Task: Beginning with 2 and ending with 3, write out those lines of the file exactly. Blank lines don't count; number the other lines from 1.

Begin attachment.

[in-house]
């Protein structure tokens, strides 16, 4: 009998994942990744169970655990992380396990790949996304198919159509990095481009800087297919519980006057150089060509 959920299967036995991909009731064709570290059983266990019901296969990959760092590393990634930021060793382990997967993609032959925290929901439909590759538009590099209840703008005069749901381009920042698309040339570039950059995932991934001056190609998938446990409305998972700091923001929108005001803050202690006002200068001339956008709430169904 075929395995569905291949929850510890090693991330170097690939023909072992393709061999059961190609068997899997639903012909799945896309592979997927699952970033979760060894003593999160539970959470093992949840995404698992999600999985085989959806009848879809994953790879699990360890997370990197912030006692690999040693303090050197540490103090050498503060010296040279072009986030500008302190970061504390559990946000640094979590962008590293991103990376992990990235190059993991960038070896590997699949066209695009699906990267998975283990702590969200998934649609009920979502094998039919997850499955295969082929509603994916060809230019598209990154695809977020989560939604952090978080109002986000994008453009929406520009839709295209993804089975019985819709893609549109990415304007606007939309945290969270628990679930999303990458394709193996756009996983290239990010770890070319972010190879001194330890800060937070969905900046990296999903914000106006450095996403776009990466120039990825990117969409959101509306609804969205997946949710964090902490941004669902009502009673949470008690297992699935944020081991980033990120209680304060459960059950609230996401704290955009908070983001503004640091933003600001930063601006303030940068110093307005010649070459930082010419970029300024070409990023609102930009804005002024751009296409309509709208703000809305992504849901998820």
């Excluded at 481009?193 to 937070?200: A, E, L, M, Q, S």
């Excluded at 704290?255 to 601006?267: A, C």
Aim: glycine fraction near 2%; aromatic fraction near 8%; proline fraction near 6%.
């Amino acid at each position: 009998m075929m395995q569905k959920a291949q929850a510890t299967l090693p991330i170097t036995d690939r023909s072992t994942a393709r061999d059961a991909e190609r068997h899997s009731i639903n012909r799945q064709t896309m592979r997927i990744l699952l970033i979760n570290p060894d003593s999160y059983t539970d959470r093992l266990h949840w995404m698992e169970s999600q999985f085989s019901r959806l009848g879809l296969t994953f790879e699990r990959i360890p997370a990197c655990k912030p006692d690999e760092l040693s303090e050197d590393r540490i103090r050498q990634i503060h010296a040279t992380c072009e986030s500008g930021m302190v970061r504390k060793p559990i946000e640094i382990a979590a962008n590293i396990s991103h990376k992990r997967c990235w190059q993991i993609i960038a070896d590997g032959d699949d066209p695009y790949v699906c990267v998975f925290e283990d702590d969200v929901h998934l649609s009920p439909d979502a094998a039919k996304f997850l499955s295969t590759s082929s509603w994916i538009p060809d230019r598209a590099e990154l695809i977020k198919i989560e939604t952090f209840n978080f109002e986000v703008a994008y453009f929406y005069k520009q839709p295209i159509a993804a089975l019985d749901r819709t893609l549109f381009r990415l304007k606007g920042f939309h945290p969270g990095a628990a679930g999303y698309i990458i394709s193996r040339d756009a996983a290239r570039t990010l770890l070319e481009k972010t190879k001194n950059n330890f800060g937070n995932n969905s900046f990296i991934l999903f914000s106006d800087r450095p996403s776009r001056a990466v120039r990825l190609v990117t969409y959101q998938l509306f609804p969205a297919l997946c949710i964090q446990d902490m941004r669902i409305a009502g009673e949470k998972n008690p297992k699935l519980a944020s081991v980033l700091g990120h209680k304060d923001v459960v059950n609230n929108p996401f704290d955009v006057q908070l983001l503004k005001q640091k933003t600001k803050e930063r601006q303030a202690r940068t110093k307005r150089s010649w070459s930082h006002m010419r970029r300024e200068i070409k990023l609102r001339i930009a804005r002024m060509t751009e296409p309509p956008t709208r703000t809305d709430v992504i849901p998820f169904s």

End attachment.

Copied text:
């Protein structure tokens, strides 16, 4: 009998994942990744169970655990992380396990790949996304198919159509990095481009800087297919519980006057150089060509 959920299967036995991909009731064709570290059983266990019901296969990959760092590393990634930021060793382990997967993609032959925290929901439909590759538009590099209840703008005069749901381009920042698309040339570039950059995932991934001056190609998938446990409305998972700091923001929108005001803050202690006002200068001339956008709430169904 075929395995569905291949929850510890090693991330170097690939023909072992393709061999059961190609068997899997639903012909799945896309592979997927699952970033979760060894003593999160539970959470093992949840995404698992999600999985085989959806009848879809994953790879699990360890997370990197912030006692690999040693303090050197540490103090050498503060010296040279072009986030500008302190970061504390559990946000640094979590962008590293991103990376992990990235190059993991960038070896590997699949066209695009699906990267998975283990702590969200998934649609009920979502094998039919997850499955295969082929509603994916060809230019598209990154695809977020989560939604952090978080109002986000994008453009929406520009839709295209993804089975019985819709893609549109990415304007606007939309945290969270628990679930999303990458394709193996756009996983290239990010770890070319972010190879001194330890800060937070969905900046990296999903914000106006450095996403776009990466120039990825990117969409959101509306609804969205997946949710964090902490941004669902009502009673949470008690297992699935944020081991980033990120209680304060459960059950609230996401704290955009908070983001503004640091933003600001930063601006303030940068110093307005010649070459930082010419970029300024070409990023609102930009804005002024751009296409309509709208703000809305992504849901998820």
């Excluded at 481009?193 to 937070?200: A, E, L, M, Q, S």